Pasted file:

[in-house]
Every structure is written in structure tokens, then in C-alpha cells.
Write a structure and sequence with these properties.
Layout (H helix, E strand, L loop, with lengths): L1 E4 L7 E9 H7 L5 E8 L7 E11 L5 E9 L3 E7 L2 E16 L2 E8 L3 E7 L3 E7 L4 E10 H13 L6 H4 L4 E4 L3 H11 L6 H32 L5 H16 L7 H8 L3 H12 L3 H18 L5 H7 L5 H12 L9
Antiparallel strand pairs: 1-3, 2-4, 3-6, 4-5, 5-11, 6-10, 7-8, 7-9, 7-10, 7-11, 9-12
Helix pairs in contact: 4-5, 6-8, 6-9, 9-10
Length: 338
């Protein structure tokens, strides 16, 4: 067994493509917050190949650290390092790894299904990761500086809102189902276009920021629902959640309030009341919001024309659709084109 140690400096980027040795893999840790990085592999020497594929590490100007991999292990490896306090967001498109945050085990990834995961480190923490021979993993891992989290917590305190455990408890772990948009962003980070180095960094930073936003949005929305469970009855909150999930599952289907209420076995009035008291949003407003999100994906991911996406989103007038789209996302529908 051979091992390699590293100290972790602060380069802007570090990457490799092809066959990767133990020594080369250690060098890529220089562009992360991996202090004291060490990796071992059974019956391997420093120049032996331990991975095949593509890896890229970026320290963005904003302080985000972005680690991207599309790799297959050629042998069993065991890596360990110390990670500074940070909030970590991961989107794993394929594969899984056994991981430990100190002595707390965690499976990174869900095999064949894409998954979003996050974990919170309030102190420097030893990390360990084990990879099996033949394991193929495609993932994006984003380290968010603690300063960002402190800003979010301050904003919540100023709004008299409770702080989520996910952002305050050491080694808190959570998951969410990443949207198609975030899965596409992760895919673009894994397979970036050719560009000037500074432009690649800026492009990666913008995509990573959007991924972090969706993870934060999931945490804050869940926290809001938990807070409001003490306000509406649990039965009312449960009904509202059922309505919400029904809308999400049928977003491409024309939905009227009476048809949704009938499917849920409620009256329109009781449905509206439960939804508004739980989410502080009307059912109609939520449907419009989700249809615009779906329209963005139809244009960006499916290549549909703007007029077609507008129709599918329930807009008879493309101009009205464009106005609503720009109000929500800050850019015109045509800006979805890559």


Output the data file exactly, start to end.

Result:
[in-house]
Every structure is written in structure tokens, then in C-alpha cells.
Write a structure and sequence with these properties.
Layout (H helix, E strand, L loop, with lengths): L1 E4 L7 E9 H7 L5 E8 L7 E11 L5 E9 L3 E7 L2 E16 L2 E8 L3 E7 L3 E7 L4 E10 H13 L6 H4 L4 E4 L3 H11 L6 H32 L5 H16 L7 H8 L3 H12 L3 H18 L5 H7 L5 H12 L9
Antiparallel strand pairs: 1-3, 2-4, 3-6, 4-5, 5-11, 6-10, 7-8, 7-9, 7-10, 7-11, 9-12
Helix pairs in contact: 4-5, 6-8, 6-9, 9-10
Length: 338
């Protein structure tokens, strides 16, 4: 067994493509917050190949650290390092790894299904990761500086809102189902276009920021629902959640309030009341919001024309659709084109 140690400096980027040795893999840790990085592999020497594929590490100007991999292990490896306090967001498109945050085990990834995961480190923490021979993993891992989290917590305190455990408890772990948009962003980070180095960094930073936003949005929305469970009855909150999930599952289907209420076995009035008291949003407003999100994906991911996406989103007038789209996302529908 051979091992390699590293100290972790602060380069802007570090990457490799092809066959990767133990020594080369250690060098890529220089562009992360991996202090004291060490990796071992059974019956391997420093120049032996331990991975095949593509890896890229970026320290963005904003302080985000972005680690991207599309790799297959050629042998069993065991890596360990110390990670500074940070909030970590991961989107794993394929594969899984056994991981430990100190002595707390965690499976990174869900095999064949894409998954979003996050974990919170309030102190420097030893990390360990084990990879099996033949394991193929495609993932994006984003380290968010603690300063960002402190800003979010301050904003919540100023709004008299409770702080989520996910952002305050050491080694808190959570998951969410990443949207198609975030899965596409992760895919673009894994397979970036050719560009000037500074432009690649800026492009990666913008995509990573959007991924972090969706993870934060999931945490804050869940926290809001938990807070409001003490306000509406649990039965009312449960009904509202059922309505919400029904809308999400049928977003491409024309939905009227009476048809949704009938499917849920409620009256329109009781449905509206439960939804508004739980989410502080009307059912109609939520449907419009989700249809615009779906329209963005139809244009960006499916290549549909703007007029077609507008129709599918329930807009008879493309101009009205464009106005609503720009109000929500800050850019015109045509800006979805890559």